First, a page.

A band I’ve been recommended and who were a key part of the shoegazing scene that emerged in the United Kingdom in the late 1980s. With the news of their new album getting a release this spring, I decided to look into Slowdive’s discography. Below are my brief thoughts on the four studio albums.
Just for a Day by Slowdive (1991)
Atmospheric shoegaze you can get lost in. For the heart rather than the intellect. The openers Spanish Air and Celi’s Dream pull you in with their beauty and bring back memories of The Cure’s 1989 album Disintegration and the ethereal production of 1980s Cocteau Twins. The noisy Catch The Breeze is too jarring for my ears. Ballad of Sister Sue and Erik’s Song are very melancholic.
The overall production impresses, while the dual vocal is less distinctive. There aren’t any big hits, and no really weak moments. All of a similar quality. A cohesive set, albeit a bit samey.
I’ve read the real standout here is disc 2 on the reissue, which brings together Slowdive’s first 3 EPs. I’m not counting those EPs in this review.
Souvlaki by Slowdive (1993)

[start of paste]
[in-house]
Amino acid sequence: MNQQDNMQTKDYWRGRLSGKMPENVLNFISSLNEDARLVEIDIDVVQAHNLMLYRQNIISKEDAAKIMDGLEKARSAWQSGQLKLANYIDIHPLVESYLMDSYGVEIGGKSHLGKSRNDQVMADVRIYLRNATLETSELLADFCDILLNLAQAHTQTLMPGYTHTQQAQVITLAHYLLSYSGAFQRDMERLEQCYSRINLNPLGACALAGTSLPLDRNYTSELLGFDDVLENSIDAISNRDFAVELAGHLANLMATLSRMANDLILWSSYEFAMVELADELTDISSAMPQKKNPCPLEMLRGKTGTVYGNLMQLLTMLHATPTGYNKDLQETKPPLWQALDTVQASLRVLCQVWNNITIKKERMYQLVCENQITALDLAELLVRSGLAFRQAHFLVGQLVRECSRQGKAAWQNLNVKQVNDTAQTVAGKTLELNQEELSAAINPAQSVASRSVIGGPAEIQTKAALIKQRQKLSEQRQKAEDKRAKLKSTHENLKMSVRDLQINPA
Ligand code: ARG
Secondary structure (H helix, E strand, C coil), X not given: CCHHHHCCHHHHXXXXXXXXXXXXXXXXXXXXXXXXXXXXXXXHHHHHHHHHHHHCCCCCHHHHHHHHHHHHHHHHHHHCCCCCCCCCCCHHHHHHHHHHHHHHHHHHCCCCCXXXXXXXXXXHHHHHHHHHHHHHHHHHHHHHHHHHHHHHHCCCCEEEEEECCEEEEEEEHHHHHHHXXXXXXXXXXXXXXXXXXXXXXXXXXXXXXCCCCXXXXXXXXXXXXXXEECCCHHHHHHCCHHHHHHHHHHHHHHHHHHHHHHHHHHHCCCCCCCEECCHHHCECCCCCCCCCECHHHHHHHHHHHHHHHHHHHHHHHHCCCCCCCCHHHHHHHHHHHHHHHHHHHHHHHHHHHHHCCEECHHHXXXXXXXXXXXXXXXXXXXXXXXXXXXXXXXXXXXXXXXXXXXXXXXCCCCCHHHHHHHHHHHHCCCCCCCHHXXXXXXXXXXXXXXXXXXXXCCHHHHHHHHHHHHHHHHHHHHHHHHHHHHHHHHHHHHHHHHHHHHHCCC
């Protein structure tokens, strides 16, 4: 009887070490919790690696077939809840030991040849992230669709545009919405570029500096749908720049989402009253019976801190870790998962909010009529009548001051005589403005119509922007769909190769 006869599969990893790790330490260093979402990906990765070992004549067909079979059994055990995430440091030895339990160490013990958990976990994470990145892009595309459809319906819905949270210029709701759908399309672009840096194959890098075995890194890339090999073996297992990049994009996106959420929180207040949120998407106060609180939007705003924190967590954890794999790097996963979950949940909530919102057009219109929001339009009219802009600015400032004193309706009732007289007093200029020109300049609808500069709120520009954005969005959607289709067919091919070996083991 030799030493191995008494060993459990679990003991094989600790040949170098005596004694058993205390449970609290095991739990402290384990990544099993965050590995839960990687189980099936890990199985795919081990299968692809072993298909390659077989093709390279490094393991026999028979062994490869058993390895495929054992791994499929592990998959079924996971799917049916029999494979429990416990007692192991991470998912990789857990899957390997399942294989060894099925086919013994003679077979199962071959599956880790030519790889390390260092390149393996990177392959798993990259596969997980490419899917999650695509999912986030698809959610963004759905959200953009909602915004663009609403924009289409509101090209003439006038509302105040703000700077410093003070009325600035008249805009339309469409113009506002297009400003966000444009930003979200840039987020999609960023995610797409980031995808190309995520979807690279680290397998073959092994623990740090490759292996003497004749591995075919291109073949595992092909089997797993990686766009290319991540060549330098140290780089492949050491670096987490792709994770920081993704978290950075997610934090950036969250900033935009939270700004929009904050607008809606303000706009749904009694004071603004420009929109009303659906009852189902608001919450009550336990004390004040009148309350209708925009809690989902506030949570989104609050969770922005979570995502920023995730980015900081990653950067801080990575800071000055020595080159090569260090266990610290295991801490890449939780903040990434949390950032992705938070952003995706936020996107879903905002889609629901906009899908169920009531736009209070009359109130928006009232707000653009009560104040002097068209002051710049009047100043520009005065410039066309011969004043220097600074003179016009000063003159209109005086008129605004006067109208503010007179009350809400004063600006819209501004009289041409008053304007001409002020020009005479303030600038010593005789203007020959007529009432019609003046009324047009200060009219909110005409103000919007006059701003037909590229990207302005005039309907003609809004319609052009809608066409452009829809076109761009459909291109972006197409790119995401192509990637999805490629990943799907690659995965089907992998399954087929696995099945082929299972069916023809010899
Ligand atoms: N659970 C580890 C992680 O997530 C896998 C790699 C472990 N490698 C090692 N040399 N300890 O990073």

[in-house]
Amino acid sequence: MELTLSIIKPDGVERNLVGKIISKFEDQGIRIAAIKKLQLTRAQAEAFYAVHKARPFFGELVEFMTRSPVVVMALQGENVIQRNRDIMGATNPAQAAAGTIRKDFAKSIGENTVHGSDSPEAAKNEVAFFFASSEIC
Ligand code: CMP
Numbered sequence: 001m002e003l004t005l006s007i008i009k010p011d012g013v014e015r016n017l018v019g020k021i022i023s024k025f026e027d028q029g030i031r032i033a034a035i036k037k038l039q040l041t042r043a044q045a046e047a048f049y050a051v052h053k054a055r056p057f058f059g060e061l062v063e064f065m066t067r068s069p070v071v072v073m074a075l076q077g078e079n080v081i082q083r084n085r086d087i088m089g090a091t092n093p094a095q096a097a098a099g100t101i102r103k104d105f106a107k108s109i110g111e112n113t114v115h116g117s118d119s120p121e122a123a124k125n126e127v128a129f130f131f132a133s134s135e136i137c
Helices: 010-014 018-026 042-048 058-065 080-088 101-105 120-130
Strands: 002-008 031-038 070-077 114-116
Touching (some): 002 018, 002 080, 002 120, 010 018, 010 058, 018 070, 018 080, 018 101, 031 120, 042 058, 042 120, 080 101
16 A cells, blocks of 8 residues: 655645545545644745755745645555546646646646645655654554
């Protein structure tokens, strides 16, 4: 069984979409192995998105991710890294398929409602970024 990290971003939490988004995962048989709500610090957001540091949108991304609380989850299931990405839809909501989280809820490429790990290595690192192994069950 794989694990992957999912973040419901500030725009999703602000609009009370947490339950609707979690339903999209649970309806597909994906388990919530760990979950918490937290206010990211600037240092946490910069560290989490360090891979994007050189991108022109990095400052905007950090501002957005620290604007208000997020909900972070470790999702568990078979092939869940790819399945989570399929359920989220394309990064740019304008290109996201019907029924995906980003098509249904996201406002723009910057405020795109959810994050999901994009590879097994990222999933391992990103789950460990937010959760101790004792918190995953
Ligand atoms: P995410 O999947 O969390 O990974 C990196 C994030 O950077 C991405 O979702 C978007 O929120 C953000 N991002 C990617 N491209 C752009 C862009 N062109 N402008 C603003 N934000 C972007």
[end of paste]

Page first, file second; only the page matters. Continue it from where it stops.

Has more variation than their debut. Machine Gun has a pop song struture, which some listeners may feel is selling out. Album highlight When the Sun Hits is very powerful.
Here She Comes and the three closers don’t hit me as hard. Definitely an album that demands investment and multiple spins for it to reveal its layers. I’m convinced the entire album may prove to be valuable with further listens.
Best tracks: When the Sun Hits, Sing, Souvlaki Space Station, 40 Days, Machine Gun
Pygmalion by Slowdive (1995)
Have to be in the right mood to sit down and listen to Pygmalion. Very different to Just for a Day and Souvlaki. Hardly sounds like the same band, goes in an unexpected post-Rock/ambient direction, similar to what Talk Talk did in the late 80s and early 90s. A divisive, risky, non-commercial album. Tracks 1-4 are especially haunting. The Blue Skied an’ Clear might be the best song and a definite highlight of the second half.
Slowdive by Slowdive (2017)
We exist in a revival/homage era designed to please the fans. This self-titled return after a 22 year absence is for me their weakest, although it has been praised by critics.
Star Roving, Don’t Know Why, and Sugar for the Pill stand out, but the album doesn’t give me chills which their 90s albums did.
What do you think? As always, comments are welcome